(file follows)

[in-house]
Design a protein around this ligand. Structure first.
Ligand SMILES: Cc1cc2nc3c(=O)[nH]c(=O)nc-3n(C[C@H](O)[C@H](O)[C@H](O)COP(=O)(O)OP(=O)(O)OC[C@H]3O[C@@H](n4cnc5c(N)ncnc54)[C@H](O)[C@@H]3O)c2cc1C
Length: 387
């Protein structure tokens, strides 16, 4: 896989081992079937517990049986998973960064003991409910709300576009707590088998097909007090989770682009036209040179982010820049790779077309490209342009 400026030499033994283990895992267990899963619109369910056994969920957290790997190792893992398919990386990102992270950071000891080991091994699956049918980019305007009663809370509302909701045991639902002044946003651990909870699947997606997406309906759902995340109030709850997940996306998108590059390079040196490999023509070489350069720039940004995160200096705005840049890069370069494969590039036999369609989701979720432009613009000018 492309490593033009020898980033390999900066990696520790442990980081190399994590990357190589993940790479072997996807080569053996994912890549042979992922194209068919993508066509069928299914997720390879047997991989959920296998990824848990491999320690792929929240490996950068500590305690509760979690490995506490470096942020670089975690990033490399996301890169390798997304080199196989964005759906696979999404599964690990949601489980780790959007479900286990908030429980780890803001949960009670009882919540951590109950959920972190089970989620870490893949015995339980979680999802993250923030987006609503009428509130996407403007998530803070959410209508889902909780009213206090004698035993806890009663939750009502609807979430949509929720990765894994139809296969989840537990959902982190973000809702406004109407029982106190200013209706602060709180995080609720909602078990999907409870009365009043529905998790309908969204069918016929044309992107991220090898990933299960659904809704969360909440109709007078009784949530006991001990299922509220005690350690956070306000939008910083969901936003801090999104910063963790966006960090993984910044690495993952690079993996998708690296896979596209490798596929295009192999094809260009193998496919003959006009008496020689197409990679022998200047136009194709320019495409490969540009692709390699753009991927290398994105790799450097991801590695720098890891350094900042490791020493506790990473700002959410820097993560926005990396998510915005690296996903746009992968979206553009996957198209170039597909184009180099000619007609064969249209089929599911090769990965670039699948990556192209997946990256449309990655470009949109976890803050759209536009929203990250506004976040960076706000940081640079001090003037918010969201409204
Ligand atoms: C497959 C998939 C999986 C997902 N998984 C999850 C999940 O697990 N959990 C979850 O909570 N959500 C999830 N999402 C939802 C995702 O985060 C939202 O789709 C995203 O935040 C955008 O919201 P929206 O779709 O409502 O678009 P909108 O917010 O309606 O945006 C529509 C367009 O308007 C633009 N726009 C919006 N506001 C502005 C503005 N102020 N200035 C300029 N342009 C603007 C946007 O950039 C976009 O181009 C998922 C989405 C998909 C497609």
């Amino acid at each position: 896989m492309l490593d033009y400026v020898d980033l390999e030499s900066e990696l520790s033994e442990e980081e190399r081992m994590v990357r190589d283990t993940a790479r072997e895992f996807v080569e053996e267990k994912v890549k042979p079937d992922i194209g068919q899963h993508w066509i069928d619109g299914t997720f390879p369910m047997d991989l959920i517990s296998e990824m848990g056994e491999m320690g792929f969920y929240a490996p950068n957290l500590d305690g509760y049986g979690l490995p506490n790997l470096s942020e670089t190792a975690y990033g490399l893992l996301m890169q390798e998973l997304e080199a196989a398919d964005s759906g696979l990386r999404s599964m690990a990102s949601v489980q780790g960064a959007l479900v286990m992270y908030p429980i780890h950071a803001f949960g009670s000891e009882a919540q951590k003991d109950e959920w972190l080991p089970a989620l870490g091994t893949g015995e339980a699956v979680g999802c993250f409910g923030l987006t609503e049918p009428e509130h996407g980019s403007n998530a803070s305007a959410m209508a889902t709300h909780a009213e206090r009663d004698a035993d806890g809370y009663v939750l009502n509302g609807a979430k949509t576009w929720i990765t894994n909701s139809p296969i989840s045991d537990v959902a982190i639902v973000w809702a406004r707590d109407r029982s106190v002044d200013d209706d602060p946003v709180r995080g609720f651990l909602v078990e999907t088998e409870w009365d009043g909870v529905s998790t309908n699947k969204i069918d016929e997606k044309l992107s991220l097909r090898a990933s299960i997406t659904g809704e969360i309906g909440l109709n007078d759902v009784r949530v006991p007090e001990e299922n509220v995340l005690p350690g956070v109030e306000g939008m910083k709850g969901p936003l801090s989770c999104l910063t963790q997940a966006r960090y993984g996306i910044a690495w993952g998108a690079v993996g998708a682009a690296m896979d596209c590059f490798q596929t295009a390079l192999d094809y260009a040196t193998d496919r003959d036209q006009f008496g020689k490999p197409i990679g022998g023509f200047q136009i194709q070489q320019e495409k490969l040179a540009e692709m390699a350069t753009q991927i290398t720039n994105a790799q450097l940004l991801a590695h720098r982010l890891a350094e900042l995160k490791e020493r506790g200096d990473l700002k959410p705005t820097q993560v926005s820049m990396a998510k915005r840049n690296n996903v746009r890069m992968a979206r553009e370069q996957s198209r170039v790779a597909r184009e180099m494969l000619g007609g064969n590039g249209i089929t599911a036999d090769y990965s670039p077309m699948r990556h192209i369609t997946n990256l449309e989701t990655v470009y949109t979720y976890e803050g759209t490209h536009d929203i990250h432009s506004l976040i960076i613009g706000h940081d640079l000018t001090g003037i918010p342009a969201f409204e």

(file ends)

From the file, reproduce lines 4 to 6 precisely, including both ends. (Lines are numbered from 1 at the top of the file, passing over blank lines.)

Length: 387
């Protein structure tokens, strides 16, 4: 896989081992079937517990049986998973960064003991409910709300576009707590088998097909007090989770682009036209040179982010820049790779077309490209342009 400026030499033994283990895992267990899963619109369910056994969920957290790997190792893992398919990386990102992270950071000891080991091994699956049918980019305007009663809370509302909701045991639902002044946003651990909870699947997606997406309906759902995340109030709850997940996306998108590059390079040196490999023509070489350069720039940004995160200096705005840049890069370069494969590039036999369609989701979720432009613009000018 492309490593033009020898980033390999900066990696520790442990980081190399994590990357190589993940790479072997996807080569053996994912890549042979992922194209068919993508066509069928299914997720390879047997991989959920296998990824848990491999320690792929929240490996950068500590305690509760979690490995506490470096942020670089975690990033490399996301890169390798997304080199196989964005759906696979999404599964690990949601489980780790959007479900286990908030429980780890803001949960009670009882919540951590109950959920972190089970989620870490893949015995339980979680999802993250923030987006609503009428509130996407403007998530803070959410209508889902909780009213206090004698035993806890009663939750009502609807979430949509929720990765894994139809296969989840537990959902982190973000809702406004109407029982106190200013209706602060709180995080609720909602078990999907409870009365009043529905998790309908969204069918016929044309992107991220090898990933299960659904809704969360909440109709007078009784949530006991001990299922509220005690350690956070306000939008910083969901936003801090999104910063963790966006960090993984910044690495993952690079993996998708690296896979596209490798596929295009192999094809260009193998496919003959006009008496020689197409990679022998200047136009194709320019495409490969540009692709390699753009991927290398994105790799450097991801590695720098890891350094900042490791020493506790990473700002959410820097993560926005990396998510915005690296996903746009992968979206553009996957198209170039597909184009180099000619007609064969249209089929599911090769990965670039699948990556192209997946990256449309990655470009949109976890803050759209536009929203990250506004976040960076706000940081640079001090003037918010969201409204
Ligand atoms: C497959 C998939 C999986 C997902 N998984 C999850 C999940 O697990 N959990 C979850 O909570 N959500 C999830 N999402 C939802 C995702 O985060 C939202 O789709 C995203 O935040 C955008 O919201 P929206 O779709 O409502 O678009 P909108 O917010 O309606 O945006 C529509 C367009 O308007 C633009 N726009 C919006 N506001 C502005 C503005 N102020 N200035 C300029 N342009 C603007 C946007 O950039 C976009 O181009 C998922 C989405 C998909 C497609």